Summer Sons by Lee Mandelo

Release date: September 28th

I have seen so many people mention Ronan Lynch in their reviews of this book, and I think it might’ve swayed me slightly… Summer Sons is meant to be gothic, dark, queer and great. It deals with grief, academia and ghosts. That’s all I know, unsurprisingly. And I need it.

White Smoke by Tiffany D. Jackson

Release date: September 30th

Last, but not least, we have a new release from Tiffany D. Jackson, who is slowly becoming one of my favourite authors. It’s a bit different from what we’ve gotten from her before – it’s a psychological thriller with a haunted house! As you can see, I’m in a very specific mood this summer. This sounds great, and even better coming from Jackson.

And that is all. Are any of these on your tbr? Did I miss any exciting books? Let me know down below.

Thank you for reading, and as always I’ll speak to you soon!

Shards of Earth by Adrian Tchaikovsky – Blog Tour

Hi! I haven’t done a book tour in a hot minute! …and I’m super late. Apologies, but life really got in the way. I was meant to post 3 days ago.

Today we’re talking about Shards of Earth by Adrian Tchaikovsky. This is more of a first impressions post, as I haven’t finished the book yet. Let’s go.

The Shards of Earth by Adrian Tchaikovsky
  • Publication date: August 3rd 2021
  • Publisher: Tor
  • Genre: Sci-fi

The war is over. Its heroes forgotten. Until one chance discovery . . . Idris has neither aged nor slept since they remade him in the war. And one of humanity’s heroes now scrapes by on a freelance salvage vessel, to avoid the attention of greater powers. After earth was destroyed, mankind created a fighting elite to save their species, enhanced humans such as Idris. In the silence of space they could communicate, mind-to-mind, with the enemy. Then their alien aggressors, the Architects, simply disappeared—and Idris and his kind became obsolete. Now, fifty years later, Idris and his crew have discovered something strange abandoned in space. It’s clearly the work of the Architects—but are they returning? And if so, why? Hunted by gangsters, cults and governments, Idris and his crew race across the galaxy hunting for answers. For they now possess something of incalculable value, that many would kill to obtain.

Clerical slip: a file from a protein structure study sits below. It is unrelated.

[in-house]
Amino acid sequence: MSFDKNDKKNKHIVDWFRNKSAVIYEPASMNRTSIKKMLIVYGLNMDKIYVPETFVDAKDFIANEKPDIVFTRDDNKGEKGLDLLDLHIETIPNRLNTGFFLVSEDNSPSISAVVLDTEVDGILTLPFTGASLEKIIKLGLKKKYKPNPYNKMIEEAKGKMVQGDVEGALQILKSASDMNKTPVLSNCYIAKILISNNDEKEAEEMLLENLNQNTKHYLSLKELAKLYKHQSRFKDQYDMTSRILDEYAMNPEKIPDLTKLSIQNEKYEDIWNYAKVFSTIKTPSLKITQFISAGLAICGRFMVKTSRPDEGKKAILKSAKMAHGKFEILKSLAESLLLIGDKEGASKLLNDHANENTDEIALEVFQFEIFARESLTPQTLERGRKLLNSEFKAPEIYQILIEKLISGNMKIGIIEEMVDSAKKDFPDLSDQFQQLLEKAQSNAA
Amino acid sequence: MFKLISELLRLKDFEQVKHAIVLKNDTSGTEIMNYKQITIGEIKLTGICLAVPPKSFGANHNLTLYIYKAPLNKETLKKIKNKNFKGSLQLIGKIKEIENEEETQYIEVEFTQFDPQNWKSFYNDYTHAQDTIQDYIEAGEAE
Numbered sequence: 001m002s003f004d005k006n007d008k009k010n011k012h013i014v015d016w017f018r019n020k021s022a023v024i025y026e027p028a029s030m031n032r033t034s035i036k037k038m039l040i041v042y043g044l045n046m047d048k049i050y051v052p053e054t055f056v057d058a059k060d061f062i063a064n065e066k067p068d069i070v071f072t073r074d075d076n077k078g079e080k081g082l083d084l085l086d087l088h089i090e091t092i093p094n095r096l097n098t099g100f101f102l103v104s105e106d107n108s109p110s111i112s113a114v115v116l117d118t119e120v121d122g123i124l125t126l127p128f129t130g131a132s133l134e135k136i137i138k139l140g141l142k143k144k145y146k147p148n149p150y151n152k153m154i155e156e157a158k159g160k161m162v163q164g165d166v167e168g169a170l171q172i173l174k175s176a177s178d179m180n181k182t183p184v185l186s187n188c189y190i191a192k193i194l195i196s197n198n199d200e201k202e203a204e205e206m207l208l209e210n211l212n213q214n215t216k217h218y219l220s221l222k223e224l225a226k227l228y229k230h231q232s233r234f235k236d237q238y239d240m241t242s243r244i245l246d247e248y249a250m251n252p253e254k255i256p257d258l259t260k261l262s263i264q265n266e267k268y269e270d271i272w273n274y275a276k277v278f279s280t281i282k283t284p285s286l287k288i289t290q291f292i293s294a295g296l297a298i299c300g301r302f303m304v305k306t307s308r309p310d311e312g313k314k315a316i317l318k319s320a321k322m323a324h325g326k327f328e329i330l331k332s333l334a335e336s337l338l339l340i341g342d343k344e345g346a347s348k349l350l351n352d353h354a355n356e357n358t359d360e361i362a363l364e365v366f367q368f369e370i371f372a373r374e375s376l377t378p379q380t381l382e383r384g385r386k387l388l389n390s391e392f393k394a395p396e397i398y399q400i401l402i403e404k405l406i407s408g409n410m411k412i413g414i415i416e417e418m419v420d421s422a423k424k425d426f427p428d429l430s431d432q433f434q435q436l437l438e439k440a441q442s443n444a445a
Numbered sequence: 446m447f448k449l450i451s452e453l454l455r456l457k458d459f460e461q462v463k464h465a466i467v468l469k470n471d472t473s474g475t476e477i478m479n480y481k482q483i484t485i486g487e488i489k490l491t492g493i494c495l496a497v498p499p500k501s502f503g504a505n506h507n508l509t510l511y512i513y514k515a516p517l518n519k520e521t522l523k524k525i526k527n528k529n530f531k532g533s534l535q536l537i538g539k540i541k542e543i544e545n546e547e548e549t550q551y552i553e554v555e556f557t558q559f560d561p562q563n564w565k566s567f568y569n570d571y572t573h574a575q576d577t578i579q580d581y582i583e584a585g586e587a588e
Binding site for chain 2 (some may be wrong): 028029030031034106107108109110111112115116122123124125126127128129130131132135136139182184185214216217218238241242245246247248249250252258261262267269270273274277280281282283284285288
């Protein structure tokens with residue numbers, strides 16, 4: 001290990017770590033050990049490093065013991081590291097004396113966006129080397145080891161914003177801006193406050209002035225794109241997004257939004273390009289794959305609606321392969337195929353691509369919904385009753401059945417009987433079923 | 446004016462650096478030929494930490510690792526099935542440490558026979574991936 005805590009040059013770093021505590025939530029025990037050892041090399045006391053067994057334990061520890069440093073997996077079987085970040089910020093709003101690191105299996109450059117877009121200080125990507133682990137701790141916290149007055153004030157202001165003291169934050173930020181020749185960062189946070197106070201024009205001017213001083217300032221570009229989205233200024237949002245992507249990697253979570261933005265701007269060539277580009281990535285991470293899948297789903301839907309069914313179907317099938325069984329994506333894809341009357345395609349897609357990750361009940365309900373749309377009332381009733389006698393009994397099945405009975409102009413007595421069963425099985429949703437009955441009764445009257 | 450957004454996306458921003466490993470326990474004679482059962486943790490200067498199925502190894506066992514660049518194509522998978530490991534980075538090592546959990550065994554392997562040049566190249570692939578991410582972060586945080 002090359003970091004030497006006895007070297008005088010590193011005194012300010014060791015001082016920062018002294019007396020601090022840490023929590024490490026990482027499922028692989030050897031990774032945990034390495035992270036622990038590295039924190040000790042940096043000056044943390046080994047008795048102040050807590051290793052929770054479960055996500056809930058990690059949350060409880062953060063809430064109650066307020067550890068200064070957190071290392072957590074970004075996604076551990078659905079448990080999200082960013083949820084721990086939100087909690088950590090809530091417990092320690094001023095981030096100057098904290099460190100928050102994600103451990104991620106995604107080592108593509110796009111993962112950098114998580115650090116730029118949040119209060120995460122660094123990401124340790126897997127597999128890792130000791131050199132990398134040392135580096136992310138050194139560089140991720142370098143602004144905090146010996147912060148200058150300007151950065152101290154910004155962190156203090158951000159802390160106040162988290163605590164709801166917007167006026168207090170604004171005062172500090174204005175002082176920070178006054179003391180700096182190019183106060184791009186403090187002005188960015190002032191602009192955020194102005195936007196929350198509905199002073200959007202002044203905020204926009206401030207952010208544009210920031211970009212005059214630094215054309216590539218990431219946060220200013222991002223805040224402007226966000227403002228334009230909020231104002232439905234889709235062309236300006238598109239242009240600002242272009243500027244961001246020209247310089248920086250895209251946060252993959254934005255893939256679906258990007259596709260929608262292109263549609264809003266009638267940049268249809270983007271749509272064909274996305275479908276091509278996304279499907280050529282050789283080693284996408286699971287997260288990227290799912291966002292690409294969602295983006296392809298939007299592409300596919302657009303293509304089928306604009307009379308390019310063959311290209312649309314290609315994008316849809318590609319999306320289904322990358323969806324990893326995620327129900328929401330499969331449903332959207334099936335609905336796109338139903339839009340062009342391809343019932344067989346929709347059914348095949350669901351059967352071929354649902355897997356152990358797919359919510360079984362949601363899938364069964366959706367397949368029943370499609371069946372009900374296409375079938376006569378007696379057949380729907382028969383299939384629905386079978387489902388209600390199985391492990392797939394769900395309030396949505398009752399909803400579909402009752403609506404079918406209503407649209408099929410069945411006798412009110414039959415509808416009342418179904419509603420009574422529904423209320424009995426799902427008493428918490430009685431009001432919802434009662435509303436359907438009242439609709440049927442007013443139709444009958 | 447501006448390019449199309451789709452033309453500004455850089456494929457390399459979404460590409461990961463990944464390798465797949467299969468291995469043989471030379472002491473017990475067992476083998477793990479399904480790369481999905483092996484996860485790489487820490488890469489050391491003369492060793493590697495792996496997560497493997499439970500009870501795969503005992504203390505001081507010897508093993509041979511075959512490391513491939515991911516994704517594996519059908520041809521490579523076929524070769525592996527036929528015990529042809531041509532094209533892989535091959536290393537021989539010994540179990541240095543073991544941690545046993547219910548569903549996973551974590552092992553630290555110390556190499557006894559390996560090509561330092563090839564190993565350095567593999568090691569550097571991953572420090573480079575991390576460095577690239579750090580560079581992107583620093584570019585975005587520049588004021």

Sci-fi is one of my favourite genres and I especially enjoy space operas. But it’s also the genre that is harder to get into when you’re in a reading slump. I’ve read from Tchaikovsky before, and I enjoyed his writing and ideas, and I was really excited to pick this book up.

Right off the bat it throws you into the story with little explanation, enough to keep you intrigued but not to give too much away, which makes me believe the story will be nicely paced throughout.

The cast of characters seems very diverse and interesting. I love the found family trope, it’s one of my favourites and it’s meant to be present in this story! What’s better than a group of misfits on a space ship?!